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one of these animals without incommoding the creature. Although naturally inoffensive, he possesses powers which, when called into action, render him a very formidable enemy. He is, however, stupid, inactive, and drowsy; and nothing but the calls of appetite interrupt his repose, to which he always returns as soon as these are satisfied.

The female goes four months with young, and has numerous litters, from eight to fifteen at a time, and sometimes even twenty. These animals live to the age of twenty-five or thirty years.

Swine, as well as other animals, are subject to various diseases, although not so frequently; nor are their maladies attended with such fatal consequences. Swine are frequently troubled with lice or ticks, hence their desire to wallow and roll in miry places and bogs; as soon as the dirt is dry it will easily rub off, and thus they are freed of the vermin ; at the same time lying down in such places cools their bodies, for no animals have such a hot constitution as swine. Dirt, however, is by no means good or wholesome for them, nor do they fatten so freely when pent up closely in a stye, and allowed to wallow constantly in their own dung: hence the chief cause of disease.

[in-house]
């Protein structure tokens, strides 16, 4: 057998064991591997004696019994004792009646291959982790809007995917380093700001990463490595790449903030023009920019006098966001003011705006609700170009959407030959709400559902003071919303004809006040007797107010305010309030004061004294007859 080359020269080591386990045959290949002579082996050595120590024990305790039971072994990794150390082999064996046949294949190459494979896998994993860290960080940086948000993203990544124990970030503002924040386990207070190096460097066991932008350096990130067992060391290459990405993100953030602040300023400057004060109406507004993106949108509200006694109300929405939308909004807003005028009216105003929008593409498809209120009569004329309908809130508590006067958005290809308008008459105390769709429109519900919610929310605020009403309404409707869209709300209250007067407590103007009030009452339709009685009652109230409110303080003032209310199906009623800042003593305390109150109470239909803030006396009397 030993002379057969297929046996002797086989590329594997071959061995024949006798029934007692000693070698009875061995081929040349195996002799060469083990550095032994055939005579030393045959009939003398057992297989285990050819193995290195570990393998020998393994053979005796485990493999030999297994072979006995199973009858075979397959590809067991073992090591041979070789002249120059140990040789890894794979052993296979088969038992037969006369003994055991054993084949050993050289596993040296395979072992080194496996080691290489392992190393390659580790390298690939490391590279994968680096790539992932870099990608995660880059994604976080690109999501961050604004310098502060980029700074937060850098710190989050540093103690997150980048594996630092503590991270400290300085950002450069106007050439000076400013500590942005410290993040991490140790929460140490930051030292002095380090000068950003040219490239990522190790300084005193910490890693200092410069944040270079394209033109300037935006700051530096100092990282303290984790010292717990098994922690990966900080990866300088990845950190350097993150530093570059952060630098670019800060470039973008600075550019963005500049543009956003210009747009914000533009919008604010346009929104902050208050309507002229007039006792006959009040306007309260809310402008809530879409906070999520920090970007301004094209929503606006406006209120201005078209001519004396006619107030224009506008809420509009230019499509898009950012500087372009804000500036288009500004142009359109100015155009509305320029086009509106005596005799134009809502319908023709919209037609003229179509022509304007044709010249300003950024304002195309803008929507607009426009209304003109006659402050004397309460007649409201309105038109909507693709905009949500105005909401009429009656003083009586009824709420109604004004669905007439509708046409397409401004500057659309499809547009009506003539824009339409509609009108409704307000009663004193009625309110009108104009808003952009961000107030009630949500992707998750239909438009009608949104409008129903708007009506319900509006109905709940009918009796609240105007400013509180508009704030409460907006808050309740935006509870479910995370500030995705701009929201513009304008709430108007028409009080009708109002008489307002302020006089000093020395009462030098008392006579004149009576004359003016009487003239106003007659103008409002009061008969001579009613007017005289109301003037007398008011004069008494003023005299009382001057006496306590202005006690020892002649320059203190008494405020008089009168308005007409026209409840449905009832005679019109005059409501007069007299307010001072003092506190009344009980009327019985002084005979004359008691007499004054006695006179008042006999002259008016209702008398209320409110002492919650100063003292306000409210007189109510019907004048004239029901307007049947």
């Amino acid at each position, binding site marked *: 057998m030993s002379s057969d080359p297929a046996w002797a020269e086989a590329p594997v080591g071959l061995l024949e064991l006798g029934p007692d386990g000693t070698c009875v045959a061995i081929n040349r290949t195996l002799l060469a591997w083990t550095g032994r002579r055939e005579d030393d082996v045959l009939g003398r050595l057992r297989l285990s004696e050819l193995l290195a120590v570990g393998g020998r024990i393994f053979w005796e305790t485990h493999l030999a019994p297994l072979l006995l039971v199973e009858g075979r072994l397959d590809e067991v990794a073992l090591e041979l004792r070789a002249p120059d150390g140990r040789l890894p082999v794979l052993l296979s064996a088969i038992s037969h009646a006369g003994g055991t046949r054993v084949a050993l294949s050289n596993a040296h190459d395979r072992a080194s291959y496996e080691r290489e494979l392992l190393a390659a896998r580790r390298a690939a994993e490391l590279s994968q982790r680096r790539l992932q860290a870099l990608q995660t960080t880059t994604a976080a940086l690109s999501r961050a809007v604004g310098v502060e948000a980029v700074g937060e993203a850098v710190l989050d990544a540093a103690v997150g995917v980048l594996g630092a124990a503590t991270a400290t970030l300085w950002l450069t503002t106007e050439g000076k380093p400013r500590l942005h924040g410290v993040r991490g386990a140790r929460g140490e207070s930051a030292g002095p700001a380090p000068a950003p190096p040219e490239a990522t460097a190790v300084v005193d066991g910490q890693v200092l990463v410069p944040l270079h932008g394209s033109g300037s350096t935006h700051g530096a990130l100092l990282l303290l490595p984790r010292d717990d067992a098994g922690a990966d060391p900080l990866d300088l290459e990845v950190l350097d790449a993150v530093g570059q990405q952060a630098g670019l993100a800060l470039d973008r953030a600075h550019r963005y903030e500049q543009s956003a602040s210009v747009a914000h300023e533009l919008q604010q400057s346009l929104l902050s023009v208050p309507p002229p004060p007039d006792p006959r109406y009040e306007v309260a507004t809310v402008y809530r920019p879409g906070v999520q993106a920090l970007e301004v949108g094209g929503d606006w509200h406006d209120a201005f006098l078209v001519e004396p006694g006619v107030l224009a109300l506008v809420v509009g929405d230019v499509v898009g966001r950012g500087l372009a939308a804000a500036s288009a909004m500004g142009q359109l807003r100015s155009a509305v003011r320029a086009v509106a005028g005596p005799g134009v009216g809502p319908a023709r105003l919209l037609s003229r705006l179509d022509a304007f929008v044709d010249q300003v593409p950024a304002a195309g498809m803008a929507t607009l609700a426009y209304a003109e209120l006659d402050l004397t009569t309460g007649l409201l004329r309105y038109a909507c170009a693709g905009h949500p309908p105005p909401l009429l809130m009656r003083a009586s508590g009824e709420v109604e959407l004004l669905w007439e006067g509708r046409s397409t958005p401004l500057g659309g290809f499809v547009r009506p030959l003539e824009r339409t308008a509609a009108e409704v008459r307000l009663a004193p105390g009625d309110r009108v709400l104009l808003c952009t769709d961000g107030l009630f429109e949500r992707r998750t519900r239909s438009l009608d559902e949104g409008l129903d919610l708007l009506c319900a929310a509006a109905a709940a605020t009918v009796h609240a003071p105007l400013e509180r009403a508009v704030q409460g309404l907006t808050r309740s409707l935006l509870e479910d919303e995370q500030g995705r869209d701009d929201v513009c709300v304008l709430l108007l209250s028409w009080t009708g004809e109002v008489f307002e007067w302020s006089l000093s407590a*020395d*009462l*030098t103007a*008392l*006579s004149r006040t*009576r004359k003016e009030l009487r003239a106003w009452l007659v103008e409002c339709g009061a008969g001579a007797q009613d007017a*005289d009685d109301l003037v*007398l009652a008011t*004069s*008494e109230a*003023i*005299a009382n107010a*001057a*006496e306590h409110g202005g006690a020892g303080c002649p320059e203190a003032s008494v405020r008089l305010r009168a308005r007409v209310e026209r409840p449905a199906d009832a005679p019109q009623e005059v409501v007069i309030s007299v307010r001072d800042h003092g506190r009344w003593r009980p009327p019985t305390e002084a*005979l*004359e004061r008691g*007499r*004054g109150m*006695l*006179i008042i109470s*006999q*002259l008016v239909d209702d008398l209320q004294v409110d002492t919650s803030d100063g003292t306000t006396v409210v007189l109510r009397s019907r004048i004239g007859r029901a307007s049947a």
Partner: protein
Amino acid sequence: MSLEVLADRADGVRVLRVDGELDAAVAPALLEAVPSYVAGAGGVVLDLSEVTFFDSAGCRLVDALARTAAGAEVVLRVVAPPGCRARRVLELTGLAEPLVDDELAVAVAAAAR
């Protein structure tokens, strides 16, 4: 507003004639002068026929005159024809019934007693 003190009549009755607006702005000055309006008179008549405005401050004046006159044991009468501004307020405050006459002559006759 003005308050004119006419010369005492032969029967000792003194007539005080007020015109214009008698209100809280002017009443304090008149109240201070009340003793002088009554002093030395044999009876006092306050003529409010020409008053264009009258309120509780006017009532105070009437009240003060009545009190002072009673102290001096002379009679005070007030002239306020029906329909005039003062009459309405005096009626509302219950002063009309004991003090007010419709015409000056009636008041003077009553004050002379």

One instance of the heat of their bodies is, that they have been known to fatten much quicker and better in cool, moist, and shady woods, and where much food was not visible than in hot inclosures ; although a quantity of food has been given them with the trouble of seeking it. Consequently no food of a heating nature should be given them in any abundance, and at all times they should have free access to water.

The general symptoms of illness with swine, is a dull, heavy look, their ears hang listlessly down, and all appetite leaves them, nor does it return till they are perfectly well again; unhealthiness in these animals may be discovered by drawing the hand over the bristles in an opposite direction to their growth; if the roots be white and clean the pig is sound, but if the skin is speckled with a reddish cast, he is unhealthy

THE MEASLES

Is discovered by looking under the tongue, where a quantity of small black blisters are found; considerable weakness in the hind-legs exist, and the flesh is spotted with red. Give the following dose :Crude Antimony, (powdered)

I ounce, mixed in a little water or wash, then keep him in the stye from three to four hours. If this does not effect a cure repeat the dose.

Brimstone in the pig's wash is esteemed very excellent.

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The udder of a sow is subject at times to glandular swellings. Camphorated saturnine washes or ointments may be used in such cases. Half a drachm of calomel may be administered occasionally till the swelling has subsided. Cracked ears, and other sores of the same description, may be rubbed with saturnine ointment. Cracked ears, however, only occur in very hot weather. Swellings on the throat from eating acorns must be lanced and anointed with lard.

OF SOWS AND BOARS FOR BREEDING.